By Shukhrat Khurramov
Vazir, Uzbekistan—In the giant shed of Uzbek farmer Sanat Kalandarov, a bountiful melon harvest hangs suspended from wooden beams, promising profits through a difficult winter ahead.
Kalandarov is practicing a type of storage that is centuries-old–-the shed has been in his own family for three generations–-and he is dismissive of younger farmers who are turning to refrigerators.
“Melons need fresh air to breathe,” 35-year-old Kalandarov said, indicating narrow slits for ventilation in the shed walls, which are thick enough to shield the fruits from the cold of winter and the early spring heat.
“When the days are frosty, we insulate the room. Plus, this method requires no electricity. It is very economical.”
These thick-skinned varieties of Uzbekistan’s favorite fruit–-some shaped like torpedoes, others more spherical–-are planted in May, two months after the melons that ripen in summer.
They are then stored and sold during the winter, when their value can grow 15-fold on the domestic market and even more abroad.
This year, the melon growing season has been especially good, and it is just as well.
The coronavirus pandemic hit Uzbekistan hard, just when it was on an economic upswing.
Remittances sent by migrants working abroad fell by half, according to a report by the United Nations Development Program published in July, straining hundreds of thousands of family budgets that depended on them.
Strict lockdowns triggered massive layoffs around the landlocked country of 33 million, with small businesses especially affected.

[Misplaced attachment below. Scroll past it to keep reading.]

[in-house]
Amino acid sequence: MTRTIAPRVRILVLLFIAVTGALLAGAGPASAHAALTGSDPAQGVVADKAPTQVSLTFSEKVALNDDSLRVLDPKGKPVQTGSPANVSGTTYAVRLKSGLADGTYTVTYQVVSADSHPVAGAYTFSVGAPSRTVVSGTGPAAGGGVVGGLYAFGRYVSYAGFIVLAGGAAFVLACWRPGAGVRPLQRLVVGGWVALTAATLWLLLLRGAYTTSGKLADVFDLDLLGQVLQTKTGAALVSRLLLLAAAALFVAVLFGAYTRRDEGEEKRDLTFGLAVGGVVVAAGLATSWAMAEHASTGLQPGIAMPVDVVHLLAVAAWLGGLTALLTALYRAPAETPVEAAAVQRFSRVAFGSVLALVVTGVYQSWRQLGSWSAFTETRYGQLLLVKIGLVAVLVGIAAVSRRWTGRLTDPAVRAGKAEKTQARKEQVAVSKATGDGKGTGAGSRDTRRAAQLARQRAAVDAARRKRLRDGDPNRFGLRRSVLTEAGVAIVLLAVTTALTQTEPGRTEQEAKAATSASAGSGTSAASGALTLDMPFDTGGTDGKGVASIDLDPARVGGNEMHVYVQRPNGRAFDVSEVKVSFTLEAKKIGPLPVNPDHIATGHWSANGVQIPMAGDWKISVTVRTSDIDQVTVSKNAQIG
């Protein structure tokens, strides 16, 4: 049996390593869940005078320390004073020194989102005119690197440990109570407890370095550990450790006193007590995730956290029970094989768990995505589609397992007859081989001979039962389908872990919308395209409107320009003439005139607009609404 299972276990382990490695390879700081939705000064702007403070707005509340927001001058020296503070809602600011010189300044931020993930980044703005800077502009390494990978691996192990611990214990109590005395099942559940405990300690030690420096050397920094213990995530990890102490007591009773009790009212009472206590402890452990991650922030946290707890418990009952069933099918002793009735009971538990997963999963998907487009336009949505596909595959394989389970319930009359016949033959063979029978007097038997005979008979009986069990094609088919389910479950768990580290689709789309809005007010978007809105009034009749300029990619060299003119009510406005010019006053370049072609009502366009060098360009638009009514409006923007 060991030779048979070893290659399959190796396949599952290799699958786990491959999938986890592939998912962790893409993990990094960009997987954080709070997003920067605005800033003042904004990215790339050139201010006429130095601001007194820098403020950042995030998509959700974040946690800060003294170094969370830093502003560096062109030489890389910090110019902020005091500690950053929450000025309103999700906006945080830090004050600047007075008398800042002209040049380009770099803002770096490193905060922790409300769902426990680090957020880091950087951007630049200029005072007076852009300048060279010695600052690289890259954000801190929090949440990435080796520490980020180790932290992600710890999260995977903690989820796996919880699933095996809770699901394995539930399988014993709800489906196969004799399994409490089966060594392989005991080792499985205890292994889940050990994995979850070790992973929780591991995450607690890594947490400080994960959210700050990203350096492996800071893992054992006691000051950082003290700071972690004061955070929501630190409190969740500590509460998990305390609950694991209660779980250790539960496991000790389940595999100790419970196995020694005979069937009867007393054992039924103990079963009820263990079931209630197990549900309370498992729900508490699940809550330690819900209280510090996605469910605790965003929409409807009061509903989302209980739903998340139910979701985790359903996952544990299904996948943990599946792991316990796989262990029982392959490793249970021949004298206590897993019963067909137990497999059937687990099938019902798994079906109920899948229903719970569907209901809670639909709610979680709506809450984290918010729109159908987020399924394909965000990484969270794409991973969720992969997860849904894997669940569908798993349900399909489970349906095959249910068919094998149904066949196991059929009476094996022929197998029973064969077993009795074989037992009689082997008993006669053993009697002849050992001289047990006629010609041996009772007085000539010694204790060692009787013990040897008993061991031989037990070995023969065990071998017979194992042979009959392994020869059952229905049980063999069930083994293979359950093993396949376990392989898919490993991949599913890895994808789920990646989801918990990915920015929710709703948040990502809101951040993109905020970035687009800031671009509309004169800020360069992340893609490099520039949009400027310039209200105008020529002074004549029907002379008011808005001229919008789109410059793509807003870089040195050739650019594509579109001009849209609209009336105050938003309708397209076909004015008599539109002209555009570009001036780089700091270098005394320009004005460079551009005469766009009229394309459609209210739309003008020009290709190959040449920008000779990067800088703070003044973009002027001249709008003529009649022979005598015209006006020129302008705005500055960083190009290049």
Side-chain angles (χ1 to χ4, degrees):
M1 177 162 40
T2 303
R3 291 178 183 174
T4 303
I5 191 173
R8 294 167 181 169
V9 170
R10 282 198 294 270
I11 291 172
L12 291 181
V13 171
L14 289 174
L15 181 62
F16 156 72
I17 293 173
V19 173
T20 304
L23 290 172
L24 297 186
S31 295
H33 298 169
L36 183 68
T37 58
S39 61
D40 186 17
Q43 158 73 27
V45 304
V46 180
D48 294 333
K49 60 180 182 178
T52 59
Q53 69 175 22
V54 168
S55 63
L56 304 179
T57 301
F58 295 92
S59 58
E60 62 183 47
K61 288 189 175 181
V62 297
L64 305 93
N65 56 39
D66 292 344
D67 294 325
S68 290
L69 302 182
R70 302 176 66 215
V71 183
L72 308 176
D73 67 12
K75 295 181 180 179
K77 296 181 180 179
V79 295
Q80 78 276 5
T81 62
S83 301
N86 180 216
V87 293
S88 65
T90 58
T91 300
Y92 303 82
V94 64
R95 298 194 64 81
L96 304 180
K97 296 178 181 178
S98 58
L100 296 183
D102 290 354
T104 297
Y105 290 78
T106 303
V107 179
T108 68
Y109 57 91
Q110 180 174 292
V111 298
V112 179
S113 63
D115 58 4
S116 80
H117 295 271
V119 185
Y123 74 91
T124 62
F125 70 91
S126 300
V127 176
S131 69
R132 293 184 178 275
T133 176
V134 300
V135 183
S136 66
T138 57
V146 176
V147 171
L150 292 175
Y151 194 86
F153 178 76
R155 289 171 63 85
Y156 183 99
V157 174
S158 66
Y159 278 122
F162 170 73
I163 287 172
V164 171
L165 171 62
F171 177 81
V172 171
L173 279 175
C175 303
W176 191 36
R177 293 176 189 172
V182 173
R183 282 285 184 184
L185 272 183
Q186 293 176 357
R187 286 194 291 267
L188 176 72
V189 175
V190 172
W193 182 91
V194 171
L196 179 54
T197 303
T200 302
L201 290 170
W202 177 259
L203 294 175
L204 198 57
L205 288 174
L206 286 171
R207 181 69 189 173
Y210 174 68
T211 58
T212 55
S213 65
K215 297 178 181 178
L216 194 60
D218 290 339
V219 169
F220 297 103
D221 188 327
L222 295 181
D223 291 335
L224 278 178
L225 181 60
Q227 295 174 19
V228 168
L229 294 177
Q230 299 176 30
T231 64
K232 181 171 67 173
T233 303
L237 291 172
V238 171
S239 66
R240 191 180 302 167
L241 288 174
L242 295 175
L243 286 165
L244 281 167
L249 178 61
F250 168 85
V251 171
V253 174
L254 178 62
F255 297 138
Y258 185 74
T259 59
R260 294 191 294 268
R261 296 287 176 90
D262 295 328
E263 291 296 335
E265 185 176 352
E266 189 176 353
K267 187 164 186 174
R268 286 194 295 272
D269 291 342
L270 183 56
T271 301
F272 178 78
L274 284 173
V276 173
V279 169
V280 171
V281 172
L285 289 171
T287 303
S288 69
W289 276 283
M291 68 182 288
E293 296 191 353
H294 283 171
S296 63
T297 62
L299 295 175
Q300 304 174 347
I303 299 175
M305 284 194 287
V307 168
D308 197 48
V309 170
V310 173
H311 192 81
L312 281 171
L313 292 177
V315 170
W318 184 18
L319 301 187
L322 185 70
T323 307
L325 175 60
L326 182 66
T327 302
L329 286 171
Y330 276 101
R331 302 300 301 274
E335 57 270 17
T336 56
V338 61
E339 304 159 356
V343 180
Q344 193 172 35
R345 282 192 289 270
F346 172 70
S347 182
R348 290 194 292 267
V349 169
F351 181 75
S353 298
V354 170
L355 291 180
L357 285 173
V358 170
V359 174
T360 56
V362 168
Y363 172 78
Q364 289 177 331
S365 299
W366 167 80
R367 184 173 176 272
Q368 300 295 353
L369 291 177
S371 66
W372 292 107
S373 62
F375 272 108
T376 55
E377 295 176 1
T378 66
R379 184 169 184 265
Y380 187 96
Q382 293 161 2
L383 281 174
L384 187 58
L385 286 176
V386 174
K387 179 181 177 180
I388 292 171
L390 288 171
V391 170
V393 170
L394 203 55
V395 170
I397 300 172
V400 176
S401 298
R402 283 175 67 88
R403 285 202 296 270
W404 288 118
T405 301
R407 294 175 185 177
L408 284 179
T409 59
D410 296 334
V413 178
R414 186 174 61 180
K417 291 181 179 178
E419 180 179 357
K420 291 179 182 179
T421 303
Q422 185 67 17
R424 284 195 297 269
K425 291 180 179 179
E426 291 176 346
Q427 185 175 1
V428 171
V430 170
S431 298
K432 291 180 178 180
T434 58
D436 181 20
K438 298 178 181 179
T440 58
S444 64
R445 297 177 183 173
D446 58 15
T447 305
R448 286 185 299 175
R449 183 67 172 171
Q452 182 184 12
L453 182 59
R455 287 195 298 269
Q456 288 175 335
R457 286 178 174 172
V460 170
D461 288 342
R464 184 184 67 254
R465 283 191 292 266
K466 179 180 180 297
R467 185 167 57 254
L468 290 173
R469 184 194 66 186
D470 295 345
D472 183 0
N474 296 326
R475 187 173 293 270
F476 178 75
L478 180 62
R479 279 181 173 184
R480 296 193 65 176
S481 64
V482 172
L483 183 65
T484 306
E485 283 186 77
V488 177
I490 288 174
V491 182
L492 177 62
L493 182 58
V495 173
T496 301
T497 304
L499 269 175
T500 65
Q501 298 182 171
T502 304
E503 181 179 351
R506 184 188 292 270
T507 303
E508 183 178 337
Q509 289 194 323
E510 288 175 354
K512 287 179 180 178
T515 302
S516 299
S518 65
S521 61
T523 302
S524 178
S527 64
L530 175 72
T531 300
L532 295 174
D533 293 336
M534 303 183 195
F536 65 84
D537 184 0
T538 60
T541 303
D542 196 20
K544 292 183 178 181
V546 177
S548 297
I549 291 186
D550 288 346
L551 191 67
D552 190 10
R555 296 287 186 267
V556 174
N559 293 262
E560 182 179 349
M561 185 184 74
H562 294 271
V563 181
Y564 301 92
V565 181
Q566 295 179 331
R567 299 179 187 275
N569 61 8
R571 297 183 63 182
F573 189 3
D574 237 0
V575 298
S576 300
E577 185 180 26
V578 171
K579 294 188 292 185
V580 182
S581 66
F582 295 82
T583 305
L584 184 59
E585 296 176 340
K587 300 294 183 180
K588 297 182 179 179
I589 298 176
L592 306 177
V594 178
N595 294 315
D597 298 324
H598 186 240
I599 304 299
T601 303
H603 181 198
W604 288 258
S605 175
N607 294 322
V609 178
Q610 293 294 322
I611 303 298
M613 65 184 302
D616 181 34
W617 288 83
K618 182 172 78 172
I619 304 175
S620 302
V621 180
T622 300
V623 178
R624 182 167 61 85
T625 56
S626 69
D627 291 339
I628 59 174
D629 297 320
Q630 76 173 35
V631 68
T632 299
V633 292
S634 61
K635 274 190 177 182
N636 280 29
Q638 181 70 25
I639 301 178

Kalandarov, by contrast, has been able to hire 12 people who would have otherwise been unemployed from his village of Vazir in the arid northwest of the country.
He is also planning to send his first batch of melons for export to neighboring Kazakhstan by the end of October.
“With Covid-19 and all the unemployment (it has caused), these winter melons are a lifeline,” he told AFP, noting that he had 50 tons of the crop to sell in the off season.
According to the ministry of agriculture, an average of 700,000 tons of melons are grown annually in Uzbekistan on 35,000 hectares of land.
Shohruh Tolibov, an expert from the ministry, said that exports represent less than 10 percent of that total-–some of the sweetest varieties do not travel well. But they will more than double this year and have grown five-fold over the last three years.
Such growth has been triggered by the agricultural reforms of President Shavkat Mirziyoyev, who broke up monopoly interests that dominated the export of fruit and vegetables and allowed smallholders the chance to determine their own clients.
Kazakhstan, Russia, Kyrgyzstan, Latvia and Ukraine are the top destinations for Uzbek melons, Tolibov told AFP.
This month, the locally-based Jahon Exim Group claimed it had overseen the first exports of Uzbek melons to Britain.
“We hope that Uzbek melons, known for their taste and health benefits, will be appreciated by local consumers,” said the company’s director Jahongir Giyasov in comments to local media.
Uzbekistan grows more than 50 types of melons.
Khorezm, a region in the lower reaches of the Amu Darya river that benefits from temperate winters, grows at least 12 and they all share a common characteristic–-deliciousness.
While other crops fail in this area, “melons grow sweeter on saline land,” said Kalandarov, whose employees feasted hungrily on some of his produce, slicing up the green-skinned bounty like sticky birthday cakes at the end of a long, warm, autumn day.
Kalandarov grew up on the melon fields, and has been growing his own fruit since he was a teenager.
But he is no longer satisfied with this work alone. Instead, his dream is the same as the avowed policy of the national government—to move from selling raw produce to products with value added.
“I have a business plan. I want to create new products—melon jam, melon conserve, dried melon. There is a big demand for these products on foreign markets,” he told AFP.